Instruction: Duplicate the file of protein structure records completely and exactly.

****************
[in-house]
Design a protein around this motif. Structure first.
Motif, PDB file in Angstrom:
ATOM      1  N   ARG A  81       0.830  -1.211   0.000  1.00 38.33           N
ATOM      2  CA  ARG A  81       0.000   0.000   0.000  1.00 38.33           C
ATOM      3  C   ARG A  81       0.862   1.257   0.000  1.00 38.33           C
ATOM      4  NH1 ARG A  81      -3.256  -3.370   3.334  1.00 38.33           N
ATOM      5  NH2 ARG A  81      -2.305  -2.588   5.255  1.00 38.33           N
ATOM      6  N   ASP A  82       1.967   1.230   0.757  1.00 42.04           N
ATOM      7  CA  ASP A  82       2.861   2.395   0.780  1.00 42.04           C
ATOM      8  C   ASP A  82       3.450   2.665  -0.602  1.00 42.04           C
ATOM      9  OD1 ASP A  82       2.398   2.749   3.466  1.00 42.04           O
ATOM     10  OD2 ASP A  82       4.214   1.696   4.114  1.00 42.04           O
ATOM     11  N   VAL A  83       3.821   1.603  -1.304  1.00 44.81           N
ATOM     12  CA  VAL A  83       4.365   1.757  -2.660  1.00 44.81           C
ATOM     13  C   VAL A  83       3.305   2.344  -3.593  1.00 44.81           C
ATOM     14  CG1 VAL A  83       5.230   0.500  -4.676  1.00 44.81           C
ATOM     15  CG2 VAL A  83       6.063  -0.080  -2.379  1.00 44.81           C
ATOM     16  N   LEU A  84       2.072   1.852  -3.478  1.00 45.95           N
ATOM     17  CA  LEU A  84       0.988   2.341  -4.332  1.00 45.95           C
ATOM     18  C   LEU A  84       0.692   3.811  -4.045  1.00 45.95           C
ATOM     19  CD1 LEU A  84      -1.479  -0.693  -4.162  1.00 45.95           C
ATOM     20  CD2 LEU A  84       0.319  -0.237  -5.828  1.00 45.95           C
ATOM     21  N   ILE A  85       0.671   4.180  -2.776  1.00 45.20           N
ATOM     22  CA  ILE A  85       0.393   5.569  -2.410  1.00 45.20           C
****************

[in-house]
Design a protein around this motif. Structure first.
Motif, PDB file in Angstrom:
ATOM      1  N   ARG A  81       0.830  -1.211   0.000  1.00 38.33           N
ATOM      2  CA  ARG A  81       0.000   0.000   0.000  1.00 38.33           C
ATOM      3  C   ARG A  81       0.862   1.257   0.000  1.00 38.33           C
ATOM      4  NH1 ARG A  81      -3.256  -3.370   3.334  1.00 38.33           N
ATOM      5  NH2 ARG A  81      -2.305  -2.588   5.255  1.00 38.33           N
ATOM      6  N   ASP A  82       1.967   1.230   0.757  1.00 42.04           N
ATOM      7  CA  ASP A  82       2.861   2.395   0.780  1.00 42.04           C
ATOM      8  C   ASP A  82       3.450   2.665  -0.602  1.00 42.04           C
ATOM      9  OD1 ASP A  82       2.398   2.749   3.466  1.00 42.04           O
ATOM     10  OD2 ASP A  82       4.214   1.696   4.114  1.00 42.04           O
ATOM     11  N   VAL A  83       3.821   1.603  -1.304  1.00 44.81           N
ATOM     12  CA  VAL A  83       4.365   1.757  -2.660  1.00 44.81           C
ATOM     13  C   VAL A  83       3.305   2.344  -3.593  1.00 44.81           C
ATOM     14  CG1 VAL A  83       5.230   0.500  -4.676  1.00 44.81           C
ATOM     15  CG2 VAL A  83       6.063  -0.080  -2.379  1.00 44.81           C
ATOM     16  N   LEU A  84       2.072   1.852  -3.478  1.00 45.95           N
ATOM     17  CA  LEU A  84       0.988   2.341  -4.332  1.00 45.95           C
ATOM     18  C   LEU A  84       0.692   3.811  -4.045  1.00 45.95           C
ATOM     19  CD1 LEU A  84      -1.479  -0.693  -4.162  1.00 45.95           C
ATOM     20  CD2 LEU A  84       0.319  -0.237  -5.828  1.00 45.95           C
ATOM     21  N   ILE A  85       0.671   4.180  -2.776  1.00 45.20           N
ATOM     22  CA  ILE A  85       0.393   5.569  -2.410  1.00 45.20           C